Ethiopia: Final days of The TPLF Regime

Under relentless popular pressure the Ethiopian Prime-Minister, Hailemariam Desalegn, has been forced to resign, and other members of the government are expected to follow. The ruling party responded with panic, and instead of entering into talks with opposition groups, imposed another State of Emergency – this follows on from the previous one, which lasted ten months (from October 2016), and achieved nothing. It is another mistake in a long line of errors by the government, who will do anything, it seems, to hang on to power.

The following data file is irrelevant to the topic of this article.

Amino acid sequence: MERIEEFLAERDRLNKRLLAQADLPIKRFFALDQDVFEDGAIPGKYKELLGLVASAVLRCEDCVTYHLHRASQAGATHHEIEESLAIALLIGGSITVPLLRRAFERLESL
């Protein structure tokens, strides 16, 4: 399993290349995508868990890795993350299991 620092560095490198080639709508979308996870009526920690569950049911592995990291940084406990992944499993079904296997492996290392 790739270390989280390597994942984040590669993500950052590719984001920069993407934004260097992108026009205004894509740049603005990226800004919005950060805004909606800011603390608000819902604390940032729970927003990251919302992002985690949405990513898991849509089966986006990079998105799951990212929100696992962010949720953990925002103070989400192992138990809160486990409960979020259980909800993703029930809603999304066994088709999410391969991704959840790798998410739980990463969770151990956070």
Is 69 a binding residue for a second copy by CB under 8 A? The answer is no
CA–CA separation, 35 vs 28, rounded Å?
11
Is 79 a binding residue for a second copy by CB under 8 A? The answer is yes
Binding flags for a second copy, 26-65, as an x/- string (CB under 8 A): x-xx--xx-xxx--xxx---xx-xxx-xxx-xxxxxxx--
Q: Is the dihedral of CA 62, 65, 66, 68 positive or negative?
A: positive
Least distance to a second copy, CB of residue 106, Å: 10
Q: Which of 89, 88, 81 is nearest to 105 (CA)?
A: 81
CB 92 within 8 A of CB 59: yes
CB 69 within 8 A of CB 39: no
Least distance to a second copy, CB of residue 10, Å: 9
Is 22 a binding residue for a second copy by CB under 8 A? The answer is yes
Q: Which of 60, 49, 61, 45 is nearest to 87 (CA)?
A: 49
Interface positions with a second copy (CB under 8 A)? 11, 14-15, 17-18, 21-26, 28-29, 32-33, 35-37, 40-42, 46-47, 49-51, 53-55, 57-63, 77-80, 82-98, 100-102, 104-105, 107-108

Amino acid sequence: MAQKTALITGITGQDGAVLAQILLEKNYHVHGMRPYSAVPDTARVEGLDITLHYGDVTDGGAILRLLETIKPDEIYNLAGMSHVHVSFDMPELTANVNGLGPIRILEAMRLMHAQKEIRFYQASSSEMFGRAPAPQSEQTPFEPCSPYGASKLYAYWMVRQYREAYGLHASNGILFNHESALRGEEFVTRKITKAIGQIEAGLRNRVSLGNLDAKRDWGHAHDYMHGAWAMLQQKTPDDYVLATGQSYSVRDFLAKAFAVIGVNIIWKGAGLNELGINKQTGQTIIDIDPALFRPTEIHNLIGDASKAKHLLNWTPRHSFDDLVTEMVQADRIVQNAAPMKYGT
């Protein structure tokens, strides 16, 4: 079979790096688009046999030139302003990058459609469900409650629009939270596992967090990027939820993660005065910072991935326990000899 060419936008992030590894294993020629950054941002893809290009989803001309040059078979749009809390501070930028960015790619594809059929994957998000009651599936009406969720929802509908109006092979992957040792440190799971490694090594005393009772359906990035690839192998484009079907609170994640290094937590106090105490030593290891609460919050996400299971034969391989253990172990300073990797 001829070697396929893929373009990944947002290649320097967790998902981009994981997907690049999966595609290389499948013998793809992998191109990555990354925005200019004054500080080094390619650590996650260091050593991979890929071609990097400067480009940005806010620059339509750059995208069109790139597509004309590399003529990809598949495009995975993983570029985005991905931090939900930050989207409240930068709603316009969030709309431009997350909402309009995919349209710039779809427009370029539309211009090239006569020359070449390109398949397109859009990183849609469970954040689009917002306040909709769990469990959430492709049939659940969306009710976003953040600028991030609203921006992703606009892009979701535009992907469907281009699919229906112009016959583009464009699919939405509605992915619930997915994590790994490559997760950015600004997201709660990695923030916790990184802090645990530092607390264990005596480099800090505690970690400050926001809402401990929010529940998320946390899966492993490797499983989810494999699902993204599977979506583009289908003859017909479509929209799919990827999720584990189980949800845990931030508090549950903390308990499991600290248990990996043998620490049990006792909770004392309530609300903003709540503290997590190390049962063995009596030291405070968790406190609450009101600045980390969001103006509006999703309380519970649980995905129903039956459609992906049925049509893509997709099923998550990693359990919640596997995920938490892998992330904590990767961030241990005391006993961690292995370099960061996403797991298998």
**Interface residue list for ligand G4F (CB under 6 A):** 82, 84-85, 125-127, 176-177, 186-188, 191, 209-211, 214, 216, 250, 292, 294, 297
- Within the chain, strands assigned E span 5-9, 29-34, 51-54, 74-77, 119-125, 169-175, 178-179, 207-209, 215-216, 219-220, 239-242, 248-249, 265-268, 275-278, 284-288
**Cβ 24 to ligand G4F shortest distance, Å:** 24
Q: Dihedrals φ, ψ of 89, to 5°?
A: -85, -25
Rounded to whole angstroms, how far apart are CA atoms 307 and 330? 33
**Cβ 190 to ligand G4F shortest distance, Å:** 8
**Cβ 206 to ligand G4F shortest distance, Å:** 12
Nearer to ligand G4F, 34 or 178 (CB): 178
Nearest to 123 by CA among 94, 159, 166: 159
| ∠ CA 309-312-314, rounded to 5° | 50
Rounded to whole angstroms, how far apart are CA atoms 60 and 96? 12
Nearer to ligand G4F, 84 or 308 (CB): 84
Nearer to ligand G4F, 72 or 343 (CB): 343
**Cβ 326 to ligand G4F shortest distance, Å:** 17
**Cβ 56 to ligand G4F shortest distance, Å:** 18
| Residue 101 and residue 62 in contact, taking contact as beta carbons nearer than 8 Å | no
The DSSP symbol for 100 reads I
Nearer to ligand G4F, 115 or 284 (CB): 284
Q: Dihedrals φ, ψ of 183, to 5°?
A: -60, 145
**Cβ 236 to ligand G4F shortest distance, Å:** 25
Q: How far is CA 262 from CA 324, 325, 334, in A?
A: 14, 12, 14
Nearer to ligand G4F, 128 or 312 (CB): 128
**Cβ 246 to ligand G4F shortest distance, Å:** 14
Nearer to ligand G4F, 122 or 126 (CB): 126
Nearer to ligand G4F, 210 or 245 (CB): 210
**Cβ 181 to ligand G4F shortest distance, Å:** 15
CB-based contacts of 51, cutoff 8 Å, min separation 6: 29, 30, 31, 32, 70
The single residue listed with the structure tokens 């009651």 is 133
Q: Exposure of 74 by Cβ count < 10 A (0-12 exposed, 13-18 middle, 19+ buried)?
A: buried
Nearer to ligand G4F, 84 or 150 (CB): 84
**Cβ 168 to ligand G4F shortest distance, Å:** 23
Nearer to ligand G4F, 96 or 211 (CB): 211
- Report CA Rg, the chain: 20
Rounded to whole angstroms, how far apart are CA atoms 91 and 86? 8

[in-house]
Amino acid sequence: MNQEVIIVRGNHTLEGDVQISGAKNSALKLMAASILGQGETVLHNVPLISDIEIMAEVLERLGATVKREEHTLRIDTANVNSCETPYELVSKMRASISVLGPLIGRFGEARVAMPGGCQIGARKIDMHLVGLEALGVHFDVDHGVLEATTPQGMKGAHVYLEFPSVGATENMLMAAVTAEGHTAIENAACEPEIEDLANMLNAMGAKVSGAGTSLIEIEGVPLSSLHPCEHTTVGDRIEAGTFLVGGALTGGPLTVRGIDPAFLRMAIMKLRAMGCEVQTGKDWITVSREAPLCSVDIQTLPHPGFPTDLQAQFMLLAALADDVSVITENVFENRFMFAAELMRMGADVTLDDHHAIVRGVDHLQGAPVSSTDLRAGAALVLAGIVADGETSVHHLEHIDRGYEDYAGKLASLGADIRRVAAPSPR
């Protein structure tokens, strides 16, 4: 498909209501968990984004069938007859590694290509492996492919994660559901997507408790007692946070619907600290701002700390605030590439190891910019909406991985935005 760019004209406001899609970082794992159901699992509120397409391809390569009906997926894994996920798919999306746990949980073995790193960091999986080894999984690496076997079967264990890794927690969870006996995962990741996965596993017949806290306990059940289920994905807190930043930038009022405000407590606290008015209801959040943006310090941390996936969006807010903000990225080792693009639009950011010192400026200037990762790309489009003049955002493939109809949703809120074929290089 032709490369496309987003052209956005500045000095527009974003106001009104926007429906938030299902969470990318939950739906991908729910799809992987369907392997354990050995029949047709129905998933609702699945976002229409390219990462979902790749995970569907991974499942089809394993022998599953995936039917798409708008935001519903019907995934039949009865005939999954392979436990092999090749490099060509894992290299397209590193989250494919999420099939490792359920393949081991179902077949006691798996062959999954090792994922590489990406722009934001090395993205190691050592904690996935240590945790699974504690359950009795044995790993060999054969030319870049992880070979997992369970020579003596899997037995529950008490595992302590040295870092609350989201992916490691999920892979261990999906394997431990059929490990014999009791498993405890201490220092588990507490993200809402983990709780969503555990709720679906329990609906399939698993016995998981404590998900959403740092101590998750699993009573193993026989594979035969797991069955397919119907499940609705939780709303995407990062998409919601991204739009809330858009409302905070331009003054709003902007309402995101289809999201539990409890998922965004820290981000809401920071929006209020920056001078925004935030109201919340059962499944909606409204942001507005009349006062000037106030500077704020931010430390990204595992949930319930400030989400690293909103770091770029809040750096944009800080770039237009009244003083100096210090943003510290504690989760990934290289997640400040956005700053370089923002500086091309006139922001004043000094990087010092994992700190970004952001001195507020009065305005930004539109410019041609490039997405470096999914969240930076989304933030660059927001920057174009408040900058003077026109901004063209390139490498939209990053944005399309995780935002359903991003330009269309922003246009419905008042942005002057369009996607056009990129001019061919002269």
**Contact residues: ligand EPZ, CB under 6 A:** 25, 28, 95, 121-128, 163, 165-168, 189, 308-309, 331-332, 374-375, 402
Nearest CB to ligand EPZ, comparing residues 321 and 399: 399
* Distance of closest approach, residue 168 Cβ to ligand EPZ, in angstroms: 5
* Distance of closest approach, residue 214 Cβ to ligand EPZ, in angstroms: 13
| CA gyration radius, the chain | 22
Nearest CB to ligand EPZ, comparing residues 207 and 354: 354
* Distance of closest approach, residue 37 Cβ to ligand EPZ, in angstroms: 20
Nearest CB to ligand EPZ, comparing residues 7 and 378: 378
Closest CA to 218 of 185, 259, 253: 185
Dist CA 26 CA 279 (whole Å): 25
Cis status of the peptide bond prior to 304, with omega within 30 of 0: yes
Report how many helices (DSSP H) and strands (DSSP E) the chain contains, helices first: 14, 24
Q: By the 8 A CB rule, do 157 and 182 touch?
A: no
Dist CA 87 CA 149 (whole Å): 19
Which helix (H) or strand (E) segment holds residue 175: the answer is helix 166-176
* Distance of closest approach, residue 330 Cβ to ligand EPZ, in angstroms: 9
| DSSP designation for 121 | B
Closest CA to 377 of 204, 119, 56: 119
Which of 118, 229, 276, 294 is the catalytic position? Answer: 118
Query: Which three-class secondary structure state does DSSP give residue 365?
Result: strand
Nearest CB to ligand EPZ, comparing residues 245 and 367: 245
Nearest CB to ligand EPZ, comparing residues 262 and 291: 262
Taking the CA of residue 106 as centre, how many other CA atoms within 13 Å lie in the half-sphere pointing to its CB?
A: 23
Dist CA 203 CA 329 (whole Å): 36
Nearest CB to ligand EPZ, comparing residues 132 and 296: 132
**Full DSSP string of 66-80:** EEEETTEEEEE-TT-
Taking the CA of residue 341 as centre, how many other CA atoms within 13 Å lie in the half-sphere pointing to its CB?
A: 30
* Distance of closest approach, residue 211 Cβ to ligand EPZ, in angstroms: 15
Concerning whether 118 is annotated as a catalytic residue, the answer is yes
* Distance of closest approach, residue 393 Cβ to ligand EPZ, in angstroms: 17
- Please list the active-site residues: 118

In his resignation speech Hailemariam Desalegn acknowledged that, ”unrest and a political crisis have led to the loss of lives and displacement of many,” Reuters reports. ‘Loss of lives’ of innocent Ethiopians at the hands of TPLF security personnel to be clear. “I see my resignation as vital in the bid to carry out reforms that would lead to sustainable peace and democracy.”

This is a highly significant step in what may prove to be the total collapse of the ruling party. It has been brought about by the peaceful movement for democratic change that has swept across the country since late 2005. Protests began in Oromia triggered by an issue over land and political influence and spread throughout the country.

A little over a month ago, former Prime-Minister, Hailemariam Desalegn, announced that the government would release ‘some political prisoners’, in order, Al Jazeera reported, “to improve the national consensus and…

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